WASHINGTON — The health insurance industry said Tuesday that it was willing to end the practice of charging higher premiums to sick people if Congress adopted a comprehensive plan requiring all Americans to carry insurance.
Insurers remain opposed to the creation of a government-run health insurance plan. But the industry's willingness to change its rate-setting practices could make it easier for Congress to reach a consensus on legislation to overhaul health care.
The industry's new position, which came as a surprise to lawmakers, could narrow the issues on which insurers are ready to fight the Democrats who now control Congress and the White House.
In effect, insurers said they were willing to discard an element of their business model — pricing insurance policies, in part, on the basis of a person's medical condition or history.
In the past, insurers have warned that if they could not consider a person's health status in setting premiums, the rates charged to young, healthy people would need to soar. But they said Tuesday that they were exploring ideas to prevent such sharp increases by spreading the risks and costs broadly across a larger population, including the healthy and the unhealthy.
Insurers said they could accept more aggressive regulation not just of their premiums, but also of their benefits, underwriting practices and other activities. Such strict regulation, they said, would make it unnecessary to create a new public insurance program offered through the federal government.
President Barack Obama and many Democrats in Congress want to establish health insurance exchanges where people could buy coverage offering at least a standard set of benefits. The goal is to rein in costs and cover more than 45 million uninsured people.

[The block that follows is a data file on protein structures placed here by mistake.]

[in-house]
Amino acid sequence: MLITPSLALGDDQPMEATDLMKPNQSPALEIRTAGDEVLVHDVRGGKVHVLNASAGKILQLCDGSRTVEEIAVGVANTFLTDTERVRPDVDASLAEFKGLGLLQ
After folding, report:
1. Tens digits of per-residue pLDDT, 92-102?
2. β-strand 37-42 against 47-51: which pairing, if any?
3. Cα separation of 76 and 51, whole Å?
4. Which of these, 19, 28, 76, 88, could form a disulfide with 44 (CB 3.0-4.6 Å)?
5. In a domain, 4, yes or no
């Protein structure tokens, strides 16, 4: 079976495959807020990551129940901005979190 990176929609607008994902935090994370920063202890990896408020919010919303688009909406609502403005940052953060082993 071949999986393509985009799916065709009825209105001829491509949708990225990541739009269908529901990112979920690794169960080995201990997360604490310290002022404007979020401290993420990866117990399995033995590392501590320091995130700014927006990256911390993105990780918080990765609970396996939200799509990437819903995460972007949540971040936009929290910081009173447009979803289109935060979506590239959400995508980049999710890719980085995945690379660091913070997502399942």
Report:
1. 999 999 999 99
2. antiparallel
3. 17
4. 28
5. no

The insurers set forth their new position at a Senate hearing on Tuesday and in letters to the chairmen and senior Republican members of the two Senate committees primarily responsible for health care legislation.
The letters were signed by the presidents of the major trade groups that represent most of the industry: Karen Ignagni of America's Health Insurance Plans and Scott Serota of the Blue Cross and Blue Shield Association.
Ignagni and Serota said insurers still wanted to retain the right to charge different premiums based on the age, place of residence and family size of subscribers.
Sen. Jeff Bingaman, D-N.M., who presided over the hearing of the Committee on Health, Education, Labor and Pensions, welcomed the insurers' position on premiums.
"It was a significant step for them to take," Bingaman said in an interview. "That's certainly not been their position in previous years. I hope it moves us closer to something that we could label a consensus."
Sen. Max Baucus, D-Mont., who is chairman of the Finance Committee, also welcomed the insurers' stance. "It indicates that we may be able to have health care reform this year," Baucus said, "because the major players are stepping up and saying they are willing to play."
Insurance companies now charge very high premiums to people who are trying to purchase coverage as individuals and have a history of medical problems, such as diabetes or skin cancer. Even if such a person is offered coverage, that individual is often unable to afford the high premiums. About 7 percent of Americans buy their coverage as individuals, while more than 60 percent have job-based insurance.
Sandy Praeger, the Kansas insurance commissioner, who testified on behalf the National Association of Insurance Commissioners, said the companies were taking "a very good step."
"As we move toward getting everybody covered, we have to get rid of health status as a rating factor," Praeger said.
Regulation of premiums varies from state to state. Praeger said premiums for a person with a history of serious illness are often much higher than premiums for younger, healthier people — if the sick people can get coverage at all.
Information from the Associated Press was used in this report.